12. Scott E
    Scott E December 5, 2013 at 5:42 pm | | Reply

    Great summary. I always appreciate your unrestrained, I’m-not-here-to-make-friends way of storytelling.But will it make a difference (other than the Payers distancing themselves from forums like this in the future)? I think that the message got through to the Dexcom executive — and I also am re-evaluating my earlier opinions of the FDA.

  13. Jay Kauffman
    Jay Kauffman December 8, 2013 at 10:35 am | | Reply

    Really interesting article and summary. Thank you, and thanks for doing this.

    I was confused initially by the term “payers” —obviously someone has to pay for healthcare, and in this country, it ultimately falls on the patients. Whatever cost they incur in doing an incredibly complex and timeconsuming job they inevitably pass on to us, the patients, plus whatever profits they take on top of that. So we are really the payers,not them. Using “Payers” for the insurance carriers is the term that gets used? Strikes me as unconscious denial in the form of jargon.

    Why, in all the hullabaloo about Obamacare, is it so hard to get people to even vaguely consider the option that is considered to be basic morality and economic logic in most of the world, that it fht “Payers” weren’t part of the equation, the real payers would be a lot better off and have less to pay.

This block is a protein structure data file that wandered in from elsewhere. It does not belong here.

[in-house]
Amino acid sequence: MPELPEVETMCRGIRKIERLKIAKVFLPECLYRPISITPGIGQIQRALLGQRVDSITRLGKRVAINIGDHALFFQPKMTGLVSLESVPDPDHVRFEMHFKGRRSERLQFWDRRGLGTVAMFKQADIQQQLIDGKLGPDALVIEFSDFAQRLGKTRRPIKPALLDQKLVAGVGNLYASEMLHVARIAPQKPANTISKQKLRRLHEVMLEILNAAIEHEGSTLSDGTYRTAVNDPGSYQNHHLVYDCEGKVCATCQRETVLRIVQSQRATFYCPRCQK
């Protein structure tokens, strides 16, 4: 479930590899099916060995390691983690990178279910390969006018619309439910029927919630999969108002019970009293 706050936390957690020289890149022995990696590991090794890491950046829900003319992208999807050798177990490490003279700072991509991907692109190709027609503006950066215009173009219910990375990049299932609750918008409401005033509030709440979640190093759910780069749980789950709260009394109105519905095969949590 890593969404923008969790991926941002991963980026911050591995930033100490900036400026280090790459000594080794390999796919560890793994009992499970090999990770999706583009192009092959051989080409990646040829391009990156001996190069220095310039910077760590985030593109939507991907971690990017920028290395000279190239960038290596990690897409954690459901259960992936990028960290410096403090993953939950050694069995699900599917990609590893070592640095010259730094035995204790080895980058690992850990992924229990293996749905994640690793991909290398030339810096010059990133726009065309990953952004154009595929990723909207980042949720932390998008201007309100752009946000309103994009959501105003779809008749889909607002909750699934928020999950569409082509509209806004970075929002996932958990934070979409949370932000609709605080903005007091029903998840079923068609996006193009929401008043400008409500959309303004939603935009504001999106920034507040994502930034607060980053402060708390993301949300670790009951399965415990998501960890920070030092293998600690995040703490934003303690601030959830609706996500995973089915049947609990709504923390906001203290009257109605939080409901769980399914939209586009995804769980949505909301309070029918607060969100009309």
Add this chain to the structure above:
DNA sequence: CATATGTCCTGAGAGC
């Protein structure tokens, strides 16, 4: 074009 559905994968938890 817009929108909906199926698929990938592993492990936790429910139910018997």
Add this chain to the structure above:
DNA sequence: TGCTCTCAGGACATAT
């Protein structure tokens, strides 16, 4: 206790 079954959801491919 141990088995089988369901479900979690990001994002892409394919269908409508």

Why do we continually think that everything HAS to be solved entirely by corporate driven free market capitalism, even when it’s so obvious that this doesn’t work as a framework for public health and healthcare, neither morally or practically because the pharmaceutical and insurance industries become far too powerful and lobby for laws that turn ALL the advantages in favor of their continual (parasitic) growth?

    Why do we as patients continually get called “health care consumers?”
    If we were really consumers we’d have the CHOICE not to pay for what we don’t want or need, which we don’t, because we’d die. If we were really consumers the market would at least reflect our ability to ‘walk away” from exorbitant prices, which we can’t.

    Quoting an article about Harvard’s David Cutler, who advised Obama on healthcare.:

    “So when the severe debilitating chest pain hits, I The Consumer comparison shop for the best ambulance, and while I’m on the road, I direct the driver, between spasms, to the in-network hospital, even though it’s thirty miles away, and then I comparison shop for the cheapest room, and when I’m in bed, I pop open my laptop, and comparison shop for the cheapest surgeon…. And the cheapest drugs… Because I’ve got “skin in the game”…. Even if it’s not a game…. To me… Well, Cutler puts it less vividly but more succinctly:

    The trend in health care nationally is to put more and more on the patient.

  14. Why Tidepool is Open and Non-profit
    Why Tidepool is Open and Non-profit January 7, 2014 at 10:03 am |

    [...] Dubois at DiabetesMine.com “A Skeptic’s View of Our Summit: Anger and Hope in Palo Alto,”  Dec 3, [...]